All erythromycin-resistant (MIC ≥1 μg/mL) pneumococcal isolates collected from PROTEKT US years 1–3 were analyzed for the presence of erm(B), erm(A) subclass erm(TR), and mef(A) macrolide resistance genes. Isolates in year 1 were analyzed by multiplex rapid-cycle polymerase chain reaction (PCR) with microwell-format probe hybridization, as described previously (26). In years 2 and 3, isolates were analyzed by using a multiplex TaqMan (Applied Biosystems, Foster City, CA, USA) PCR assay that was validated against the previous PCR method (27).
A proportion of dual erm(B)+mef(A) macrolide-resistant isolates underwent serotyping and multilocus sequence type (MLST) determination at G.R. Micro Ltd (London, UK). Isolates were serotyped by using antisera from the Statens Serum Institute (SSI, Copenhagen, Denmark). MLST was determined as described previously (15).
Serotyping and MLST determination were also conducted on 366/378 dual erm(B)+mef(A) macrolide-resistant S. pneumoniae isolates, respectively, collected from the global PROTEKT study (1999–2003). Sequence type (ST) and alleles were analyzed by UPGMA (unweighted pair group method with arithmetic mean) and BURST (based upon related STs) analysis by using the START program (version 1.0.5 ) to assign lineage and clonal complexes.
Macrolide Resistance Mechanisms
From 2000 to 2003, a total of 31,001 S. pneumoniae isolates were collected as part of the PROTEKT US study: 10,103 in year 1, 10,012 in year 2, and 10,886 in year 3. The proportion of S. pneumoniae isolates resistant to erythromycin was similar across years 1, 2, and 3 of the PROTEKT US study (29.4% overall). The prevalence of mef(A) in macrolide-resistant isolates decreased from 68.8% in year 1 to 67.3% in year 2 and to 63.9% in year 3, while the prevalence of erm(B) alone appeared stable (16.9% in year 1, 16.5% in year 2, 16.5% in year 3). By contrast, an increase was seen in the prevalence of macrolide-resistant strains carrying both erm(B) and mef(A) genes; by year 3, 16.4% of isolates were of this genotype (Table 1). When considered as a proportion of all S. pneumoniae isolates collected in year 3, a total of 520 (4.8%) of 10,886 were positive for both erm(B) and mef(A).
Geographic differences were observed in the prevalence of erm(B)+mef(A)–encoded resistance across the United States, from 10.3% in the Southeast to 23.9% in the North-Central region (year 3). The prevalence of this genotype increased in all regions between years 1 and 3 (Table 1).
The largest increases in erm(B)+mef(A)-encoded resistance during the 3-year study period occurred in isolates collected from pediatric patients (Table 2). By year 3, isolates exhibiting this genotype made up 254 (22.7%) of 1,119 isolates obtained from pediatric patients (≤14 years of age) compared with 98 (12.3%) of 794 isolates collected from patients >64 years of age. Patients in the 0- to 2-year age group had the highest prevalence (23.9%) of dual erm(B)+mef(A) resistance (Table 2).
Across the 3-year study period, the dual erm(B)+mef(A) genotype was found most frequently in isolates collected from the ear or middle-ear fluid (Table 3). In year 3, the prevalence of this form of macrolide resistance was >30% in isolates collected from either of these sources. By contrast, isolates cultured from blood samples had the lowest proportion of dual erm(B)+mef(A)-encoded resistance (92 [4.6%] of 2,014 isolates in the 3 years).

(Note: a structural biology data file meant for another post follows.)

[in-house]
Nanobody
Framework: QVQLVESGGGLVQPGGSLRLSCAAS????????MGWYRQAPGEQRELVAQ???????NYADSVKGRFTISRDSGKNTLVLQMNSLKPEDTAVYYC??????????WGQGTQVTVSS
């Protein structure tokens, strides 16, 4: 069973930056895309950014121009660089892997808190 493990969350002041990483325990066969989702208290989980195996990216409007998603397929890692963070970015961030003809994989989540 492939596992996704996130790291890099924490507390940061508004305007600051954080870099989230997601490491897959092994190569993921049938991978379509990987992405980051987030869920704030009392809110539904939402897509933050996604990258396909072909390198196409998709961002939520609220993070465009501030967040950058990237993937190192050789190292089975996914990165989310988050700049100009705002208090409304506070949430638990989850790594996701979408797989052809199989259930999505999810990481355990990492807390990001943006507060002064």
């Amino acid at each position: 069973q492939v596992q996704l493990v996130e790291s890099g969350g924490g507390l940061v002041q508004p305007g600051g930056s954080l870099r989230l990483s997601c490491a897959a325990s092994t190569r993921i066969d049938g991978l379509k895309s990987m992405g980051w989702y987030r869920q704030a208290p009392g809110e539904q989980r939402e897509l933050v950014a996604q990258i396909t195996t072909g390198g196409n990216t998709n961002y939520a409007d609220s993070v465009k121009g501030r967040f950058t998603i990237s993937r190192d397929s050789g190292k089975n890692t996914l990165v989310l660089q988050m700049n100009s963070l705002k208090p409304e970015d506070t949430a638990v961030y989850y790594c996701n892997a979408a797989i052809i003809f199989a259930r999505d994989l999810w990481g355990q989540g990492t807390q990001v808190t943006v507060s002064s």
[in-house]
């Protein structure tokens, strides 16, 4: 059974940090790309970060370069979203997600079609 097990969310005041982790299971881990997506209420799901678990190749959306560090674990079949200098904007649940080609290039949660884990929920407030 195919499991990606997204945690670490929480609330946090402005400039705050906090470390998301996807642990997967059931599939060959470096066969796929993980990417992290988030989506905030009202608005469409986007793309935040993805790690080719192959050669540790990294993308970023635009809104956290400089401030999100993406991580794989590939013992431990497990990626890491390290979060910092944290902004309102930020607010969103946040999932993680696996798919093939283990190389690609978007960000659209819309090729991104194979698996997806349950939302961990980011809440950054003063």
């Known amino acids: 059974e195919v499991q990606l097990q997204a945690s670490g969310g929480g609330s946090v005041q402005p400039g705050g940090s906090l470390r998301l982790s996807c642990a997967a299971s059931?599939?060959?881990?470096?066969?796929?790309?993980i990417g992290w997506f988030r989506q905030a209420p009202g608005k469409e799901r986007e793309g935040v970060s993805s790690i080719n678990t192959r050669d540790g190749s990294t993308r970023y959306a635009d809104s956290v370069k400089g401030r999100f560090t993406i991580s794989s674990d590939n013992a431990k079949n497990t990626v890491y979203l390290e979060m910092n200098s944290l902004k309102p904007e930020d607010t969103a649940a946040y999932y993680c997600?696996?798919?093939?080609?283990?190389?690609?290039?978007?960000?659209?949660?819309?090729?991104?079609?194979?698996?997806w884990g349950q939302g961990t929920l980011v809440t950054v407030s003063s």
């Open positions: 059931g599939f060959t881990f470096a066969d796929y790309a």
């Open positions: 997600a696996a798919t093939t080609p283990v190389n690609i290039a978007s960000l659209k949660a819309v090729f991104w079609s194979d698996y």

Antimicrobial Resistance in Dual erm(B)+mef(A) Isolates
In addition to exhibiting almost universal resistance to the macrolides tested (azithromycin, clarithromycin, erythromycin), isolates carrying both erm(B) and mef(A) were highly resistant (>90%) to penicillin, cefuroxime, tetracycline, and co-trimoxazole (Table 4). Resistance to amoxicillin-clavulanate (and hence amoxicillin) was also common in these isolates (Table 4), and the longitudinal data showed that the rate of resistance to this antibacterial drug increased from 29.9% to 43.9% from year 1 to year 3. Almost all (1,150 [99.2%] of 1,159) of the erm(B)+mef(A) isolates were multidrug-resistant (i.e., resistant to ≥2 classes of antibacterial drugs).
A total of 16 (1.4%) of the 1,159 dual erm(B)+mef(A) isolates collected were resistant to levofloxacin; MIC values for these were as follows: 8 μg/mL (2 isolates), 16 μg/mL (9 isolates), 32 μg/mL (4 isolates), and 128 μg/mL (1 isolate). One dual erm(B)+mef(A) isolate (<0.1% of the total) was resistant to telithromycin (MIC 4 μg/mL).
The results of MLST determination on 518 S. pneumoniae isolates (366 from PROTEKT global [including 35 from the United States] and 152 from PROTEKT US) with dual erm(B)+mef(A)–encoded resistance showed 82 ST variants (Figure). Of these, 21 were in the MLST database, and 61 were submitted to the database and assigned a new ST (STs 1407–1467). All of the unique STs were serotyped and, together with the 20 S. pneumoniae clones listed by the Pneumococcal Molecular Epidemiology Network (29), were analyzed for clonal relatedness by using UPGMA and BURST (Figure). Both the serotype distribution and range of MLSTs in these isolates were limited (Table 5), with 3 clonal complexes predominating. A phylogenetic analysis of these variations showed that 45 of the 82 STs were closely related, either serotype 19F or 19A (Table 5). These strains were of ancestral ST 271 and hence were designated clonal complex (CC) 271, which is equivalent to CC I (15) and CC 236 (22). Overall, 305 (83.3%) of 366 global isolates had MLST profiles consistent with this clone (Table 6).
Of the 35 isolates collected in the United States from the PROTEKT global study, all exhibited MLST profiles and serotypes characteristic of CC 271 (Table 6). Moreover, analysis of a geographically and chronologically varied sample of 152 S. pneumoniae isolates with dual erm(B)+mef(A)–encoded resistance collected from the PROTEKT US study suggested that >90% of dual-resistant isolates in the United States belong to CC 271.